Delays or Damp Squibs Part 1

By | Category: Travel rumblings

I’m just about to leave Chicago to go to the airport to fly back to the UK. This is the busiest day of the year to fly in the U.S. with 1.8 million people expected to fly in and out of Chicago over the next few days. There is some bad weather around which might delay flights but the main talking point is whether the opt-out of the body scanning will take place. These scanners are probably coming to the UK. Will our attitude mirror what is happening in the US?
To recap, body scanning is being objected to because of a combination of privacy and health issues. Flyers are being urged to opt for a pat-down instead of going through the machines. One estimate is that it would take 6 hours to pat-down 100 flyers but this seems exaggerated. The objections to pat-downs are that they are invasive because every part of the body is felt for potentially concealed weapons. One objector had a tee shirt with “Don’t mess with my junk” emblazoned on it. This morning, according to CNN, an elderly man at Tampa Airport in Florida wearing an arm brace was asked to take off his jumper for a pat down causing him pain and discomfort.
For days, the talk shows and news bulletins have been awash with this story. North Korea, Ireland and New Zealand stories are relegated to discussing this issue. Today’s USA Today has arguments from both sides and has had long stories about it for days as have localised newspapers. Hillary Clinton, the US Secretary of State says she would object to pat-downs and the head of the agency charged with airport security (TSA) who has the unfortunate name of John Pistole – pronounced pistol – has varied his position on the issue over the last few days. One minute he said, there would be no changes. Now he seems less sure.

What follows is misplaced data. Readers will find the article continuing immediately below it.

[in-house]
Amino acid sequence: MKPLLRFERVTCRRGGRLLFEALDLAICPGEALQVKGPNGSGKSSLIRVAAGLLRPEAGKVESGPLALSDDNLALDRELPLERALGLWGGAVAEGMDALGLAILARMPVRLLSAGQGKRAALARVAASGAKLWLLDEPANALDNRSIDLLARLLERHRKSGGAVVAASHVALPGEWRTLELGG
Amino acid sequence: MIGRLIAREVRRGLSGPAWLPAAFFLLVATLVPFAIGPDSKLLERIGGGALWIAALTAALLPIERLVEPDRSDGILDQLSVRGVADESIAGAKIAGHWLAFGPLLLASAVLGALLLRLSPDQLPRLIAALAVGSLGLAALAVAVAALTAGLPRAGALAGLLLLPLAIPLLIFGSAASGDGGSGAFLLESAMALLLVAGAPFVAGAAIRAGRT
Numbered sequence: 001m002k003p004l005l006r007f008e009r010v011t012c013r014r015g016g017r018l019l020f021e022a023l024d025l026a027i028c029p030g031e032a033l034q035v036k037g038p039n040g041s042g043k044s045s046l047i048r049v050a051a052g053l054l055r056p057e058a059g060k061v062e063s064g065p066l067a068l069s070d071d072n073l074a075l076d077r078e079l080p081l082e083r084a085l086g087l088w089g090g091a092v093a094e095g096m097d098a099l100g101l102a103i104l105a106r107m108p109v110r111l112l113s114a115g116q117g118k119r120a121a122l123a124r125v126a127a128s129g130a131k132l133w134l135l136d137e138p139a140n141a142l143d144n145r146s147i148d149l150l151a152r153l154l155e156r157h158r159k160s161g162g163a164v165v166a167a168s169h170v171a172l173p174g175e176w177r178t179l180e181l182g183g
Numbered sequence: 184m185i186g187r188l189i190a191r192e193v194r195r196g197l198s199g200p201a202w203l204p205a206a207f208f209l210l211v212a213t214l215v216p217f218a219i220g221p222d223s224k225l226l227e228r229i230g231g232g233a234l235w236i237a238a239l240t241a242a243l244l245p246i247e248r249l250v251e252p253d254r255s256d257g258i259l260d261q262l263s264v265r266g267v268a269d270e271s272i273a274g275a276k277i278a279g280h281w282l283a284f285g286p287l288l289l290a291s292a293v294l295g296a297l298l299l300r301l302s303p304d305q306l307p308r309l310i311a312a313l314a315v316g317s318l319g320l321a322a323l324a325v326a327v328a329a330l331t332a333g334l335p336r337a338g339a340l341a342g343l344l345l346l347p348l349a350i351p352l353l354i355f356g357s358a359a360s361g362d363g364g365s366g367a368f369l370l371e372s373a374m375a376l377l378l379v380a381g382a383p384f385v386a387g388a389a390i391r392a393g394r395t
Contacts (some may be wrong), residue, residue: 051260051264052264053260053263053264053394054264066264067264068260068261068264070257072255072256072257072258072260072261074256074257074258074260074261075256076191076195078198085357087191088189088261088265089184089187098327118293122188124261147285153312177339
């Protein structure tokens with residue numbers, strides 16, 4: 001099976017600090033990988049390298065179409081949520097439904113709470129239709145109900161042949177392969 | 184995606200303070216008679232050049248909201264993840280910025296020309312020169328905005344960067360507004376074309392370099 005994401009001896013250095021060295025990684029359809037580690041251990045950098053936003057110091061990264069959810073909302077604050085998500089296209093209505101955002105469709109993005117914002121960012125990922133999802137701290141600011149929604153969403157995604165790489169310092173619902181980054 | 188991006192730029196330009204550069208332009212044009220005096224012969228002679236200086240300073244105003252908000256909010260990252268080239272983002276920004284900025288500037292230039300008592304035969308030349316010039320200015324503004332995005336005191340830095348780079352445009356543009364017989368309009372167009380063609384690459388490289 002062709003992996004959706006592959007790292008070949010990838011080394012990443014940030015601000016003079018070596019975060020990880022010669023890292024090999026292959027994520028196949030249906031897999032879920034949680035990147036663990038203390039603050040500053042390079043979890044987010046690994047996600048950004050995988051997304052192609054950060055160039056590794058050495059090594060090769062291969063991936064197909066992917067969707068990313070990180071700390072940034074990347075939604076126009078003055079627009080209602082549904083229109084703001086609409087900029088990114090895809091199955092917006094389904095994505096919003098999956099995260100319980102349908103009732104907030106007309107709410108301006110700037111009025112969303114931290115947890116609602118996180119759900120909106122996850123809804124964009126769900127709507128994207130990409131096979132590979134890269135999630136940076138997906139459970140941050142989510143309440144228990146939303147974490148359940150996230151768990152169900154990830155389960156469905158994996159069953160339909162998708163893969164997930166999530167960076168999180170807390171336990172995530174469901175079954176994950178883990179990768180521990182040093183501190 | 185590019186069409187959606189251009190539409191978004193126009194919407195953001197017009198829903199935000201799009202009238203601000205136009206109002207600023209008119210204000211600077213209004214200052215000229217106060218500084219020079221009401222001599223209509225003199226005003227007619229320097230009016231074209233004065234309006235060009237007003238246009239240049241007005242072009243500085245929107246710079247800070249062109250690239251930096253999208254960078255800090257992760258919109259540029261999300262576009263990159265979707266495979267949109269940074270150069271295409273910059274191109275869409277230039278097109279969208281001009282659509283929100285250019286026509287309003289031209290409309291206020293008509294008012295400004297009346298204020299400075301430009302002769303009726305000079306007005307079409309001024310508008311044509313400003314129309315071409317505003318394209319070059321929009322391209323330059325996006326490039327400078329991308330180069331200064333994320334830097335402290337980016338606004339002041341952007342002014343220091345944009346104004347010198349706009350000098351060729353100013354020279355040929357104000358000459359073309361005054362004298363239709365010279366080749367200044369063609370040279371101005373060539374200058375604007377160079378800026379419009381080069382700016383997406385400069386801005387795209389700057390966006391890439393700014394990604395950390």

What lawgivers and officials haven’t recognised is how to manage this PR problem. They have let the objectors lead and the impression of headless chickens is what comes to mind. It isn’t helped by the amount of money that the manufacturers of scanners have thrown at lobbyists in Washington DC in the last eighteen months or so.
Well, today’s the big day so what is happening so far?
Very little. It’s 11.30am on the east coast of America and so far the whole opt-out day is a flop. A programme called The View (a bit like Loose Women) is on the TV and they are discussing it with the head of the joint chiefs of staff, Admiral Mullen. The news programmes seem a bit perplexed. They thought they had a story and now they seem unsure with how to handle it.
I’ll let you know later in the day what I found when I get to the airport.

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